We present the quasi-stellar object (QSO) luminosity function (LF) of the completed 2dF-SDSS LRG and QSO (2SLAQ) survey, based on QSOs photometrically selected from Sloan Digital Sky Survey (SDSS) imaging data and then observed spectroscopically using the 2dF instrument on the Anglo-Australian Telescope. We analyse 10 637 QSOs in the redshift range 0.4 < z < 2.6 to a g-band flux limit of 21.85 (extinction-corrected) and an absolute continuum magnitude of Mg(z = 2) < -21.5. This sample covers an area of 191.9 deg 2. The binned QSO LF agrees with that of the brighter SDSS main QSO sample, but extends ∼2.5 mag fainter, clearly showing the flattening of the LF towards faint absolute magnitudes. 2SLAQ finds an excess of QSOs compared to the 2dF QSO Redshift Survey at g > 20.0, as found previously by Richards et al. The LF is consistent with other previous, much smaller, samples produced to the depth of 2SLAQ. By combining the 2SLAQ and SDSS QSO samples, we produce a QSO LF with an unprecedented combination of precision and dynamic range. With this we are able to accurately constrain both the bright and faint ends of the QSO LF. While the overall trends seen in the evolution of the QSO LF appear similar to pure luminosity evolution, the data show very significant departures from such a model. Most notably we see clear evidence that the number density of faint QSOs peaks at lower redshift than bright QSOs: QSOs with Mg > -23 have space densities which peak at z < 1, while QSOs at M g < -26 peak at z > 2. By fitting simple LF models in narrow Mg intervals, we find that this downsizing is significant at the 99.98 per cent level. We show that LF models which follow the pure luminosity evolution form [i.e. M*g ≡ M*g(z)], but with a redshift-dependent bright-end slope and an additional density evolution term, Φ*≡ Φ*(z), provide a much improved fit to the data. The bright-end slope, α, steepens from α ≃ -3.0 at z ≃ 0.5 to α = -3.5 at z ≃ 2.5. This steepening is significant at the 99.9 per cent level. We find a decline in Φ*from z ≃ 0.5 to 2.5 which is significant at the 94 per cent level.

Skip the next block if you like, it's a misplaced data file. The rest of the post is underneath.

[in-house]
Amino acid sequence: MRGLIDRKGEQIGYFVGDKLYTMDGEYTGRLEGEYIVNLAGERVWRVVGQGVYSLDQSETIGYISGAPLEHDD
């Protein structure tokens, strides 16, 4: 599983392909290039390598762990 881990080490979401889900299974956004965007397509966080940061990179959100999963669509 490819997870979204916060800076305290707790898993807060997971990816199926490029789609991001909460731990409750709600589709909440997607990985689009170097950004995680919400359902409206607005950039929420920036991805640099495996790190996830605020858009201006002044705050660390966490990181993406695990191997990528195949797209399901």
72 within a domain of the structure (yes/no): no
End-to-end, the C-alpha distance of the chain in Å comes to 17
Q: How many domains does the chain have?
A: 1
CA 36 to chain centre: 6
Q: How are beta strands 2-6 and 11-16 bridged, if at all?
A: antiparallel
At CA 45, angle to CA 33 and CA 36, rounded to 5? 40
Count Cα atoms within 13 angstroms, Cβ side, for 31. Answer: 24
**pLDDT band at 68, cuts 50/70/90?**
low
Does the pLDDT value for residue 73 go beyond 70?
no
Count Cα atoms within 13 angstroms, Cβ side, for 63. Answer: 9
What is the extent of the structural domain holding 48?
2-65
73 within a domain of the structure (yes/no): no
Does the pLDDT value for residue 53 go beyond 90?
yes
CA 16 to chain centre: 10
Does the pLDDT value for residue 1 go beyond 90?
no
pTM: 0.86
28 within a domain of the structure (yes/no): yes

All Science Journal Classification (ASJC) codes
- Astronomy and Astrophysics
- Space and Planetary Science